Sterling was weaker on Monday, trading near a five-week low, as lingering worries over Britain's exit from the European Union drove investors to sell the currency that has steadily lost ground in the past three straight weeks.
Sterling was knocked down late on Thursday after British Foreign Secretary Boris Johnson said he expected formal divorce proceedings between Britain and the EU to begin early next year, and that two years may not be needed to negotiate a deal.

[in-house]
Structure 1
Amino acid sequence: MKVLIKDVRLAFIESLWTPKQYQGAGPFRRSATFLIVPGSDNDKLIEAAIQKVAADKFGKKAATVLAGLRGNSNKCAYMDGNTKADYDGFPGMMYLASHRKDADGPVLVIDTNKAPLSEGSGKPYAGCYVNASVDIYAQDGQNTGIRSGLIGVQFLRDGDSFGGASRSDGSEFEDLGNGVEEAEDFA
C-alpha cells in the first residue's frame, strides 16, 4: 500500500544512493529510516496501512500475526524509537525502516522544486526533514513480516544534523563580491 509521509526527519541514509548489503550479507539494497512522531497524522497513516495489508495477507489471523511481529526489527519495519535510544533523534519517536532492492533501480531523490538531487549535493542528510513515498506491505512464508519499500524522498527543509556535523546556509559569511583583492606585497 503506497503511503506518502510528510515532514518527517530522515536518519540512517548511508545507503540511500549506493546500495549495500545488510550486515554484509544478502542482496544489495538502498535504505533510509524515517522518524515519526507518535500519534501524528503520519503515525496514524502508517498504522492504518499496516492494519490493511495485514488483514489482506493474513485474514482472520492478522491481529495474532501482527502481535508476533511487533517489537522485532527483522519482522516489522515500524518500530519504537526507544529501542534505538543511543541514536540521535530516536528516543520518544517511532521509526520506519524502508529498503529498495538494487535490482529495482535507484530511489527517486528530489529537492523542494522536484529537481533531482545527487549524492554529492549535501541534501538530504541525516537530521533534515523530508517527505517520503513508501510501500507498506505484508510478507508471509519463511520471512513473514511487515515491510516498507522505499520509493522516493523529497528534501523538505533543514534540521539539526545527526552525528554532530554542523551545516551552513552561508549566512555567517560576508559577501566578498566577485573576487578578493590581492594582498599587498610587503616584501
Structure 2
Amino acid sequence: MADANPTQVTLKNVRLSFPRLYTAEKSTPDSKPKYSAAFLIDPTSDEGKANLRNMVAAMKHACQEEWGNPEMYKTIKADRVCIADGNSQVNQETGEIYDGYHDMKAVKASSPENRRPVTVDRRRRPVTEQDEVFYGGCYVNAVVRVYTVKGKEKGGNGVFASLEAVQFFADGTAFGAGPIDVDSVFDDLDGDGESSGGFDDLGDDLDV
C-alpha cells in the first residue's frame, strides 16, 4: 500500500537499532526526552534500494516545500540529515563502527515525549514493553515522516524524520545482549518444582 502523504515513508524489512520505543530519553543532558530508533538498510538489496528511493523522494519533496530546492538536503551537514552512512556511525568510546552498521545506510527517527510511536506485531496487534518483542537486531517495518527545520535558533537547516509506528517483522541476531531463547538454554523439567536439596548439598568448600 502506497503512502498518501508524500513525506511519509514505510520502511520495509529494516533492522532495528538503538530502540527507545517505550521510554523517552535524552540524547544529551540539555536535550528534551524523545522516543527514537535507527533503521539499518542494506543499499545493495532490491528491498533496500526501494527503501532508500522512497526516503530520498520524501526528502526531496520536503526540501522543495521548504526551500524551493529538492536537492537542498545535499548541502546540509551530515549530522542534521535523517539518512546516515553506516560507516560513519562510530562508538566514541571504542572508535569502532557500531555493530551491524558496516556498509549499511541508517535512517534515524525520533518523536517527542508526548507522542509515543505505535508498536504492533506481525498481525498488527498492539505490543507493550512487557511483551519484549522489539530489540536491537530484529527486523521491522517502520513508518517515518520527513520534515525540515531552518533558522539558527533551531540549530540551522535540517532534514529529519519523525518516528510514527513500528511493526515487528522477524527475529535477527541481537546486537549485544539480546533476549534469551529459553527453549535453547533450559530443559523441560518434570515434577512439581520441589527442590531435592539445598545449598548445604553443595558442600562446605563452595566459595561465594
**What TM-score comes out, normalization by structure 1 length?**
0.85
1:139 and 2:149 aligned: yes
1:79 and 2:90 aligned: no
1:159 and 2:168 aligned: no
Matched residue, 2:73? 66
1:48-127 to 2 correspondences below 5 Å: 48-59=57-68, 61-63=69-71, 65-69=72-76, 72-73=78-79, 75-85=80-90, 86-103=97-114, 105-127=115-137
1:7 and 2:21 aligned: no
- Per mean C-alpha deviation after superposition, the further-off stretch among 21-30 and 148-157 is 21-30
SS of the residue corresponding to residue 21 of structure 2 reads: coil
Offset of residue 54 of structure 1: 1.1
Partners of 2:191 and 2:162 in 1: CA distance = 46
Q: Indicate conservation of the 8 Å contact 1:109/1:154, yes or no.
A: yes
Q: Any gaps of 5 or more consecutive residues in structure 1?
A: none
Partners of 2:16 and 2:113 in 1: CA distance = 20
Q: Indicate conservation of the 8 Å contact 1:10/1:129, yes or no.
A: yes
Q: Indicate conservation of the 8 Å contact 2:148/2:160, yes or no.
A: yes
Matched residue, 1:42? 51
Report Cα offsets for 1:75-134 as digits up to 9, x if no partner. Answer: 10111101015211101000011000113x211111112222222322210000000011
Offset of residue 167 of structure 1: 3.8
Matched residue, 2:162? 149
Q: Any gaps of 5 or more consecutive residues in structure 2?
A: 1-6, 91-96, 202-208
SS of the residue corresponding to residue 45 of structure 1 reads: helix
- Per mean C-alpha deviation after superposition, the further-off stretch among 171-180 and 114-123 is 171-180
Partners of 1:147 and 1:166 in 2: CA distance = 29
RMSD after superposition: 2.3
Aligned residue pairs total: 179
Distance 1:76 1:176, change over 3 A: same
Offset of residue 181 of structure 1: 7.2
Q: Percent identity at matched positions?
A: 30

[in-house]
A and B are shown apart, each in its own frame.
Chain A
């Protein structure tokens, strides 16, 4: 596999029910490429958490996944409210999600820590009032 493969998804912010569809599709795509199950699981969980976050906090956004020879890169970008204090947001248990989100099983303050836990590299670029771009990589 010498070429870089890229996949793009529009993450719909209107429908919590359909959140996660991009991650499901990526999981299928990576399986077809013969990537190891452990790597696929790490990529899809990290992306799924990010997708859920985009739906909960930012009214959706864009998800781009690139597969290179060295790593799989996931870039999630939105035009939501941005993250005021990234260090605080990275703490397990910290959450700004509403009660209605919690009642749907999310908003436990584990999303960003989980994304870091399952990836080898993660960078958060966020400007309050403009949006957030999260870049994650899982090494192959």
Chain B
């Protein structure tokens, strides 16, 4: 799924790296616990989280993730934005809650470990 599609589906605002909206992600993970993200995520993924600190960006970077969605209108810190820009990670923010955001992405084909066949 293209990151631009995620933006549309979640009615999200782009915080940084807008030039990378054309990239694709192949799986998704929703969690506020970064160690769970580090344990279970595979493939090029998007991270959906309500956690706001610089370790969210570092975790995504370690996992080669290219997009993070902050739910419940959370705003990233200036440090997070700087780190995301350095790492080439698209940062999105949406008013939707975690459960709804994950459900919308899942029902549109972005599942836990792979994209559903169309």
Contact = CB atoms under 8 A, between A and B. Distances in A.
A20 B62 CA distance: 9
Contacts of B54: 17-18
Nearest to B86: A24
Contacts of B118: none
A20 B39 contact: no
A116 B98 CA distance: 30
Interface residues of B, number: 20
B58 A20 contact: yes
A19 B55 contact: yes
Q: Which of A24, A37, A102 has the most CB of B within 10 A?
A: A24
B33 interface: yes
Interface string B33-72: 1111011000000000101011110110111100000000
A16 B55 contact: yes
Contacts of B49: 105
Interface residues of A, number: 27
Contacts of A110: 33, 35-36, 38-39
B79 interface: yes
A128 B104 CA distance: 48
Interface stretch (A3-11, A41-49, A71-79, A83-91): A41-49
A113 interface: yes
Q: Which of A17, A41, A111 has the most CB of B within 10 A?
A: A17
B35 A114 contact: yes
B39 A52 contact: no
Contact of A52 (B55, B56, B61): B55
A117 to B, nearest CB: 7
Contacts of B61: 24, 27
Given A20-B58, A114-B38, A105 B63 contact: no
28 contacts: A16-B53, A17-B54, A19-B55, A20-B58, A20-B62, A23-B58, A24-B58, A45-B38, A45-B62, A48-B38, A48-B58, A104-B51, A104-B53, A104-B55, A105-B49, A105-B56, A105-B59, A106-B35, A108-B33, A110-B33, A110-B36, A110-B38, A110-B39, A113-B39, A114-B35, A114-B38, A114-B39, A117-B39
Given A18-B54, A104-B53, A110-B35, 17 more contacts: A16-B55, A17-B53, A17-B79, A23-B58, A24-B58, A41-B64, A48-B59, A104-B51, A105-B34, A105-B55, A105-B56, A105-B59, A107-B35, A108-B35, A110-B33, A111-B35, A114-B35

It continued to fall through Friday, losing more than 1 percent to touch $1.2915 - just over a cent higher than the three-decade low of $1.2798 that sterling hit in July, in the wake of June's shock vote for Brexit.
On Monday, it was down 0.2 percent at $1.2947 despite a subdued greenback. Against the euro, the pound was down 0.2 percent at 86.72 pence, having hit a five-week low of 86.78 pence earlier in the day.
"The comments from Johnson around the timeframe for Article 50 to be invoked and that the Brexit negotiations do not need to take two years have had a detrimental impact on sterling," said Jameel Ahmad, chief market analyst at FXTM.